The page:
He’d forgotten how time consuming it was to have company. He’d never entertained more than one or two people at a time, and then only with the support of a housekeeper and a bank account that permitted him to take his guests out for meals.
Poor Julianne. Gabriel recalled his own years at Harvard; how vacations were never truly holidays since there was always more work to be done, languages to learn, reading to do, and exams to prepare for.
He was relieved to be tenured at Boston University. He wouldn’t trade places with Julia for anything. Especially since he’d coped with the pressures of grad school by drinking, doing cocaine and P-
Gabriel stumbled, pitching forward as the toe of his shoe caught on the sidewalk. He righted himself quickly and regained his stride, forcing himself to concentrate on his steps.
He didn’t like to think about his years at Harvard, when he’d allowed Paulina to enable his addictions. Since his move back to Cambridge, he’d experienced drug flashbacks so vivid, he would swear he could feel the cocaine entering his nostrils. He’d drive down a street, or enter a building on the Harvard campus and he’d feel a craving that was so sharp it was painful.
Thus far, with the grace of God, he’d resisted. Certainly, his weekly Narcotics Anonymous meetings had helped, as had his monthly appointments with his therapist.
And then, of course, there was Julianne.
If Gabriel had found his higher power in Assisi last year, Julianne was his guardian angel. She loved him, inspired him, made his house a home. But he could not shake the fear that heaven had smiled on him only to bide its time before snatching her away.
Gabriel had changed in myriad ways since Julianne was his student back in Toronto. But he had yet to abandon his belief that he was not worthy of sustained happiness. And as his therapist had warned, Gabriel had a pattern of self-sabotage.
His adoptive mother, Grace, had died of cancer almost two years previous. Her untimely death symbolized the shortness and uncertainty of life. If he were to lose Julianne …
If you had a child with her, you’d never lose her.
A still, small voice spoke in his ear.
Gabriel quickened his pace. The voice was right, but it didn’t express his primary motivation for wanting a baby with Julianne. He wanted a family that included children – a life filled with laughter, and the knowledge that he could right the wrongs done by his own parents.
He’d kept his internal struggles from his wife. She was burdened with her own concerns and he was loath to add to them. She’d worry about his addictions and his fears and he’d already given her too much anguish.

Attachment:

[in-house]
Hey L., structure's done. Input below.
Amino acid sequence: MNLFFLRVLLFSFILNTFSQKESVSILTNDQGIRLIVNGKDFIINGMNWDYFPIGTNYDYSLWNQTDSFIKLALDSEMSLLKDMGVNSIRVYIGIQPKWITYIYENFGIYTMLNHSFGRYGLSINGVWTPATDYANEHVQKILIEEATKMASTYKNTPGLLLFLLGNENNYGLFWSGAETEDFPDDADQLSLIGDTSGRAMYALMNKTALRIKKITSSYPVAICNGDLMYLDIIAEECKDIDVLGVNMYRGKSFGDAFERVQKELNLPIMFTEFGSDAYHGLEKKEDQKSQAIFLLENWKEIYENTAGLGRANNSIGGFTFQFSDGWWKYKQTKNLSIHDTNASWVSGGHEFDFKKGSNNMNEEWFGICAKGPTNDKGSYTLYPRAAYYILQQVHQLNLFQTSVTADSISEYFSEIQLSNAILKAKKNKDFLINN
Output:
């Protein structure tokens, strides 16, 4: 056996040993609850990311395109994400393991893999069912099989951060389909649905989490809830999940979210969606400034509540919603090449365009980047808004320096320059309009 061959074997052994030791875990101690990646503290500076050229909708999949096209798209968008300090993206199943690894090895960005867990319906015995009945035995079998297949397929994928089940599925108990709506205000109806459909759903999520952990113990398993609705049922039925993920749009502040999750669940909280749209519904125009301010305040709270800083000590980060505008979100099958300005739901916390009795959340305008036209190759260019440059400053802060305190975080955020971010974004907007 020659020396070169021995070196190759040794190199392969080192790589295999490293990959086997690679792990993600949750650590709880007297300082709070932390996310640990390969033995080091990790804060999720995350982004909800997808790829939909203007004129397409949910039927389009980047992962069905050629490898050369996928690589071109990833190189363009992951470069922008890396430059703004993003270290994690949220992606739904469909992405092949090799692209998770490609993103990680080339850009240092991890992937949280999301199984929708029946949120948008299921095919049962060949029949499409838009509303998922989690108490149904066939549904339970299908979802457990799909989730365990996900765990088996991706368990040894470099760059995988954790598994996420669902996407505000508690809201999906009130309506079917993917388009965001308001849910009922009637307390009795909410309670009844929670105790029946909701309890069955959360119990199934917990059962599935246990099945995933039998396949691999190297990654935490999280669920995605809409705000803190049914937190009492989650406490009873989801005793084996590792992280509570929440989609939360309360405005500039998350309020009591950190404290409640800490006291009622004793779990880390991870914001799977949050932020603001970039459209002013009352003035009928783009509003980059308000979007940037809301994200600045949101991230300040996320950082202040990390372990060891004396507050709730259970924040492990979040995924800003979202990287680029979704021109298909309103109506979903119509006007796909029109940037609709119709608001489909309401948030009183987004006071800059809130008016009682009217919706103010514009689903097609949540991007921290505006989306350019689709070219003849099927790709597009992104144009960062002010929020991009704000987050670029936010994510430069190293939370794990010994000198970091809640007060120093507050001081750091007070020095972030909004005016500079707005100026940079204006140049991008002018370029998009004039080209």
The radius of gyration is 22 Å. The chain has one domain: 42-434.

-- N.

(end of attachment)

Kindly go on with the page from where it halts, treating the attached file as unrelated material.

While Gabriel jogged the familiar circuit of his old neighborhood, he began to wonder why she’d been so dispirited this morning. They’d spent an incredible night together, celebrating their love in the orchard and later, in their bed. He racked his brain, trying to figure out if he’d done something to hurt her. But their lovemaking had been, as usual, both passionate and tender.
There was at least one other possibility and Gabriel cursed himself for not having thought of it sooner. Julianne always carried with her a degree of anxiety about being back in Selinsgrove. A year and a half ago, her ex-boyfriend, Simon, had broken into her father’s home and assaulted her. Subsequently, his current girlfriend, Natalie, had confronted Julia at a local diner, threatening to release lewd pictures of her if she didn’t withdraw her assault complaint.
Julianne had convinced Natalie that it was not in her interest to release the pictures, since they’d implicate Simon, as well. His father was a U.S. Senator who was running for President and Natalie was working for his campaign.
Gabriel had kept his doubts about Julia’s success to himself. He knew that once a person acquired a taste for blackmail, he or she would keep trying to draw from that well.
Gabriel cursed again, now running at a punishing rate of speed. He’d never told Julia what he’d done. He didn’t want to do so now. But if she was worrying about Simon and Natalie, then perhaps it was time to tell her the truth …
When Gabriel returned from his run, Julia was sleeping. He chuckled, noticing that her bare feet were sticking out from under the covers. Julia didn’t like it when her feet grew hot and so she’d bare them to the air, while snuggled under several blankets.